It's taken seven years but a Maori-owned company growing the so-called Chinese king of herbs, ginseng, will harvest its first crop next month, with long-term plans to export.
Cold conditions are best for growing the Asian herb, which is being trialled under a pine forest canopy at Te Kuiti in the King Country.
The Maraeroa C Incorporation, which is behind the plantation, says the Crown Research Institute Plant and Food Research identified a gap in the wild ginseng market about eight years ago
Chief executive Glen Katu says his company's plan is to fill that hole in supplying the herb.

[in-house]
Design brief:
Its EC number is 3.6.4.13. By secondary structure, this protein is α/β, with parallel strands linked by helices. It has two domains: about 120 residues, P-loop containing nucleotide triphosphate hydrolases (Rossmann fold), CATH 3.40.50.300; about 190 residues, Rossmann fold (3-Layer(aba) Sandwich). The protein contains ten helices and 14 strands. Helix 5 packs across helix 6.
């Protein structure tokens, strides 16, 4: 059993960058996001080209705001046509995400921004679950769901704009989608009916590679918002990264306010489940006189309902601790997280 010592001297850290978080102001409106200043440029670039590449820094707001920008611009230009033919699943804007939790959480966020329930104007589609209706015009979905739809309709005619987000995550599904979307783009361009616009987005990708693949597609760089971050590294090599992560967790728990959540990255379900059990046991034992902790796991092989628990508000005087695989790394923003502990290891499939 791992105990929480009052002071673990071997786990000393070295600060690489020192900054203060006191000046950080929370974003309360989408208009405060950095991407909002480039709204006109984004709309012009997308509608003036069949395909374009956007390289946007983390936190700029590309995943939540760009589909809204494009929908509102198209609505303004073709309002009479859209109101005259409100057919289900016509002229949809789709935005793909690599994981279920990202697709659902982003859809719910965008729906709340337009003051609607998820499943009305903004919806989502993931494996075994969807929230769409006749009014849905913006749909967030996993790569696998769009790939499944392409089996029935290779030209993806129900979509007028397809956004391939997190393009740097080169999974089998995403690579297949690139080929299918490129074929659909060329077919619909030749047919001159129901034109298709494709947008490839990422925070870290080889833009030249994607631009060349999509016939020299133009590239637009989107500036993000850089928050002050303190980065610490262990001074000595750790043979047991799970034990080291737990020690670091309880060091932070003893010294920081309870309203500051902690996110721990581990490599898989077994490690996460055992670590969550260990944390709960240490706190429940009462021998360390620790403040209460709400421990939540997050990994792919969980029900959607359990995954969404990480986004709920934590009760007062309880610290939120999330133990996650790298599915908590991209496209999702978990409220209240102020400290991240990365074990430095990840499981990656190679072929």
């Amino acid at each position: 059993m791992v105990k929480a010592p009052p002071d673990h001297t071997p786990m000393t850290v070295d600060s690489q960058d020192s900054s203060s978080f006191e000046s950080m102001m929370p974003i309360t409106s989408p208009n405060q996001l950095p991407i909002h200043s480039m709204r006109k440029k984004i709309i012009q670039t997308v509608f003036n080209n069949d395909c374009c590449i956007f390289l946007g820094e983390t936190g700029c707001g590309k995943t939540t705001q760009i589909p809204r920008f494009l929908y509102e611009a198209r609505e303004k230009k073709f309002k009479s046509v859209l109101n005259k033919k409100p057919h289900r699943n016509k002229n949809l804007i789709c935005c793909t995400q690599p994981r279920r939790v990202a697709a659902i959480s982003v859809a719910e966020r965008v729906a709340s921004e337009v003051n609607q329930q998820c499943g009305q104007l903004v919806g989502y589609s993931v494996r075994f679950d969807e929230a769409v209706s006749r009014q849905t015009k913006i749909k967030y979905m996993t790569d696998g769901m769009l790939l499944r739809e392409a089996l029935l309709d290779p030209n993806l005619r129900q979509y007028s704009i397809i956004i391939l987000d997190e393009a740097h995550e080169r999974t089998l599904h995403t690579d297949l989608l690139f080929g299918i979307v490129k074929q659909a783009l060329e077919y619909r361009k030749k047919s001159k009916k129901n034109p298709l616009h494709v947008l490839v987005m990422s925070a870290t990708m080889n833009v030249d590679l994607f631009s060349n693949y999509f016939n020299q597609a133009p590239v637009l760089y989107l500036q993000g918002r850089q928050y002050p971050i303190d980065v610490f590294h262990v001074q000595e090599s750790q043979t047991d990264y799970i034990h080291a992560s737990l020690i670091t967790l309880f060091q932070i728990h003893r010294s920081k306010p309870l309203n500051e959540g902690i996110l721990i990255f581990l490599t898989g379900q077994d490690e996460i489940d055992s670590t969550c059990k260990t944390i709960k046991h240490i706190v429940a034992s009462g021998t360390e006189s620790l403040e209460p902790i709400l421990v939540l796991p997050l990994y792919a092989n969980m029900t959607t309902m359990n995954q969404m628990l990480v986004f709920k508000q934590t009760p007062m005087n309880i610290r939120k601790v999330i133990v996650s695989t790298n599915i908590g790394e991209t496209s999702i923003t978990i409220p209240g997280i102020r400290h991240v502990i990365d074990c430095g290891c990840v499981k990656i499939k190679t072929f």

Mr Katu says 95 percent of the world's ginseng is now farmed intensively under artificial canopy.
He says over-harvesting and deforestation means it is very rare to find wild ginseng in forests in Asia and North America.
Ginseng is used in health capsules, tea, as a food additive and in ointments.
Mr Katu says they intend to eventually make and export tonics, and alcohol products with ginseng, which is popular in China.
He says the first harvest will not be a large one.